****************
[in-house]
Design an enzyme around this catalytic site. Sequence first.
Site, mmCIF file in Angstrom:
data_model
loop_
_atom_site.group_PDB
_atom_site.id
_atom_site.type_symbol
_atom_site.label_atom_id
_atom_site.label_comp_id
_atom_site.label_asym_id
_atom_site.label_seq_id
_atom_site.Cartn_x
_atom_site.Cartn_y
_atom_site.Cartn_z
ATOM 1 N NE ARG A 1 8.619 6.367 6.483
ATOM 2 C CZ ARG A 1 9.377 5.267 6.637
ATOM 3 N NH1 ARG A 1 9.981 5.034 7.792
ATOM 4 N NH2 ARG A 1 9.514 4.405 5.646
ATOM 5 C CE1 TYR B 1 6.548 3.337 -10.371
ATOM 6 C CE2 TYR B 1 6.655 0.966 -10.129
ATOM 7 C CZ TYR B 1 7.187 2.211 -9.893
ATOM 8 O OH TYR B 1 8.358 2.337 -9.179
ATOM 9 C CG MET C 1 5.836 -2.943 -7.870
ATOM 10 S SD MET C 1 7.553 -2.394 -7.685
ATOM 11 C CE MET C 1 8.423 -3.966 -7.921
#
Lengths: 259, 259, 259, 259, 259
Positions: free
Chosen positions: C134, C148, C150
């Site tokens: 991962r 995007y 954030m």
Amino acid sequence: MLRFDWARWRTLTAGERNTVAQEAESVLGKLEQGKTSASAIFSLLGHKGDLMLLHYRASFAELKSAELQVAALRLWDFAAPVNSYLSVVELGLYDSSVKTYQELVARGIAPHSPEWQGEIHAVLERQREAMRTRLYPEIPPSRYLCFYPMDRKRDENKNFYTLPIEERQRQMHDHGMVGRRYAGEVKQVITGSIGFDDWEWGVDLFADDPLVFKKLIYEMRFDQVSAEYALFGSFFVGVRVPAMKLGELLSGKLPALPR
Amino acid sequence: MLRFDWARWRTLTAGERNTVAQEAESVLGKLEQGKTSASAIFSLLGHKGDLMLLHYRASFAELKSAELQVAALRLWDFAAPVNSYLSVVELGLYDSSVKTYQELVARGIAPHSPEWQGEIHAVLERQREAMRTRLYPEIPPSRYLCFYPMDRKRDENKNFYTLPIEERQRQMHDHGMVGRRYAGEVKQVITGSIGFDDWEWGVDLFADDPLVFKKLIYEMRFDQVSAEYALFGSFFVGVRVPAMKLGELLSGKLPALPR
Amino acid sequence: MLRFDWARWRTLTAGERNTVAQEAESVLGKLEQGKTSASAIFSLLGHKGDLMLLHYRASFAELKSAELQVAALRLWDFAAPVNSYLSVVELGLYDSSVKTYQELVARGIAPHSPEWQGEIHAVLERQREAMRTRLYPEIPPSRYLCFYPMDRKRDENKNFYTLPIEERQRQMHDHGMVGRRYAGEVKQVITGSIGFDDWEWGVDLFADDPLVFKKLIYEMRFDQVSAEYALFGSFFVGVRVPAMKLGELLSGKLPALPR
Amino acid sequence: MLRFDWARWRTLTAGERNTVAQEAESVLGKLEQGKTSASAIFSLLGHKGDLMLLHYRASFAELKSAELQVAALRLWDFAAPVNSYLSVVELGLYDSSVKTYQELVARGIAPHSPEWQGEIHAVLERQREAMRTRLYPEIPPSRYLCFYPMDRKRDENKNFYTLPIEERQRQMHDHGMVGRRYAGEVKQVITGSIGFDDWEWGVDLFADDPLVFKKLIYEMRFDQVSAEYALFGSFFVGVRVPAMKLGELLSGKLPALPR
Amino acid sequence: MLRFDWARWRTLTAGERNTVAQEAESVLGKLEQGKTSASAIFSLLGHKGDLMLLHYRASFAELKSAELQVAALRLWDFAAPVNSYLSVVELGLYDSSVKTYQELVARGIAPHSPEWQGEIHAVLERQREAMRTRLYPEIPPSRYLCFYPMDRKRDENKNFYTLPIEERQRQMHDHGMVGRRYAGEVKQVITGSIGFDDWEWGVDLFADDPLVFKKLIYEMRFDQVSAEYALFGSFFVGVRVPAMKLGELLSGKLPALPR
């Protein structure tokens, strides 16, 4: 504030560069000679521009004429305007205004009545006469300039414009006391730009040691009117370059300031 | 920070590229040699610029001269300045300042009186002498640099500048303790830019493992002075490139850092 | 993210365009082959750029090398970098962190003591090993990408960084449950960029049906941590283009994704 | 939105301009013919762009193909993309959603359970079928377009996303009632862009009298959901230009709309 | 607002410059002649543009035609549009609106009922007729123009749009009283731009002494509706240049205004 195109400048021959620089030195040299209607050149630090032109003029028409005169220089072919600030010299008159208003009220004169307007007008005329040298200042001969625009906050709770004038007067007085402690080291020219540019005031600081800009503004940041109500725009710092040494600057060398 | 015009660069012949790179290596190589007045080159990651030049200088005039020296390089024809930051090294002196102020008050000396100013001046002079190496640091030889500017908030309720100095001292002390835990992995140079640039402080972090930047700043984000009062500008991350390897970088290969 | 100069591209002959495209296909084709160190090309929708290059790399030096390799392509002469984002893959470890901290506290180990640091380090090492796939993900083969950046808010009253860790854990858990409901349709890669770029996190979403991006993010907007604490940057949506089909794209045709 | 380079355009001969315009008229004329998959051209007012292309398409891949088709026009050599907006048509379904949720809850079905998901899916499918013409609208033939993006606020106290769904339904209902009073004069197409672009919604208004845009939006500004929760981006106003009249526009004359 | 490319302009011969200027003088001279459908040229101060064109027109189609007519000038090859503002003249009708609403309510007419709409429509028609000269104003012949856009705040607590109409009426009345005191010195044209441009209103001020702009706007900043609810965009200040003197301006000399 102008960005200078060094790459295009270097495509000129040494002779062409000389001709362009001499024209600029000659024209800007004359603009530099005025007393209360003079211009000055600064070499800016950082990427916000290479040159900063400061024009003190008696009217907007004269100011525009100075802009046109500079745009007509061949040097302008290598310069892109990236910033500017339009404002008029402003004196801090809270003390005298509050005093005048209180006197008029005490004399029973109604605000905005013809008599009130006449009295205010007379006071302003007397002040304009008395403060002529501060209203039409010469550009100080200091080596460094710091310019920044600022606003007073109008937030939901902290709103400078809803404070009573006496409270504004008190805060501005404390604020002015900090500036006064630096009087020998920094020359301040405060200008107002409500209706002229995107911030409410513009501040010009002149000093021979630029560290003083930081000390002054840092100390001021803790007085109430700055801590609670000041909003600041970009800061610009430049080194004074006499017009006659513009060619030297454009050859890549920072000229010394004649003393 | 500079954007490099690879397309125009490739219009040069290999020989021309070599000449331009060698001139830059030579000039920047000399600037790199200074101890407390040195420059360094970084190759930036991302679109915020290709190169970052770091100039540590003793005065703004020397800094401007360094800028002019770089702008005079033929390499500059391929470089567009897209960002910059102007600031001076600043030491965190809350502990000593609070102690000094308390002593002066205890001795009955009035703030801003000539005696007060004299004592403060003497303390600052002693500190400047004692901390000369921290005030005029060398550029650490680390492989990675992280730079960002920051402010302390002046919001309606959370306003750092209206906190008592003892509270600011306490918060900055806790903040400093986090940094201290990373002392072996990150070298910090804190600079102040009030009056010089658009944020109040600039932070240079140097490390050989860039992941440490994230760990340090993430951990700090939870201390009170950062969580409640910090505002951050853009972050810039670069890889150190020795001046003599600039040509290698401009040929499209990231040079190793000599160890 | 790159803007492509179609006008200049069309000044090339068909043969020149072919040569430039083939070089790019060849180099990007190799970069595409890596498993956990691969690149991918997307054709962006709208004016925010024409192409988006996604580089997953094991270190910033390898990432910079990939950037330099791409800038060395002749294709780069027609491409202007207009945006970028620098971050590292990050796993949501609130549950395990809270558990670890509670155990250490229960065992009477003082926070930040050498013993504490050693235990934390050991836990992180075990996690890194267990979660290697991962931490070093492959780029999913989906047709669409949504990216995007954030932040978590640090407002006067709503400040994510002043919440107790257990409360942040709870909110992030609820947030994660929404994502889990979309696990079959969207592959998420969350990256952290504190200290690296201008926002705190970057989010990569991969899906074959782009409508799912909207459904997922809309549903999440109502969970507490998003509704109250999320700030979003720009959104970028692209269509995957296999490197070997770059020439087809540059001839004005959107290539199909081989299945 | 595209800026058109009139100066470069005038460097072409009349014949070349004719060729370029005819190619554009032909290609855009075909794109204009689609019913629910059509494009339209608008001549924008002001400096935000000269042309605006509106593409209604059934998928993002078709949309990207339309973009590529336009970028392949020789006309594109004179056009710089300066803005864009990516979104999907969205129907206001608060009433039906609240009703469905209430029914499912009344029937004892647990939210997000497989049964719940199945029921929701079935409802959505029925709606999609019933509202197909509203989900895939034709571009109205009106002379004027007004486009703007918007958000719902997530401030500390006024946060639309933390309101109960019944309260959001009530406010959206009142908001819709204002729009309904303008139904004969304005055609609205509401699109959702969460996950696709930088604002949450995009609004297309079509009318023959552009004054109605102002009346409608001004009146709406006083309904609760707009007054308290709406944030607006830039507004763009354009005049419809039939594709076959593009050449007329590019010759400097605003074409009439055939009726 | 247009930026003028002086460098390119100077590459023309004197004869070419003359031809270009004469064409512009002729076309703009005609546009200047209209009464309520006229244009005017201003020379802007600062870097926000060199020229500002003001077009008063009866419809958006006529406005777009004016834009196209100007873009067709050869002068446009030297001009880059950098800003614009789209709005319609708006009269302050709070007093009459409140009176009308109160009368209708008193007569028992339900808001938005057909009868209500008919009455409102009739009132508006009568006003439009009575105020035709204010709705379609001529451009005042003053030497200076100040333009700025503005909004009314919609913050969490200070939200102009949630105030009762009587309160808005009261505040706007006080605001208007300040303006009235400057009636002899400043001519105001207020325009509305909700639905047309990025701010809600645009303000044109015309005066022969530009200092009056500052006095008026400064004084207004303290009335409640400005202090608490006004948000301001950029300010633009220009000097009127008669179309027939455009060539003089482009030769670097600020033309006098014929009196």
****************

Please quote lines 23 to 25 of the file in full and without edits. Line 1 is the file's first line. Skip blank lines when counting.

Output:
ATOM 8 O OH TYR B 1 8.358 2.337 -9.179
ATOM 9 C CG MET C 1 5.836 -2.943 -7.870
ATOM 10 S SD MET C 1 7.553 -2.394 -7.685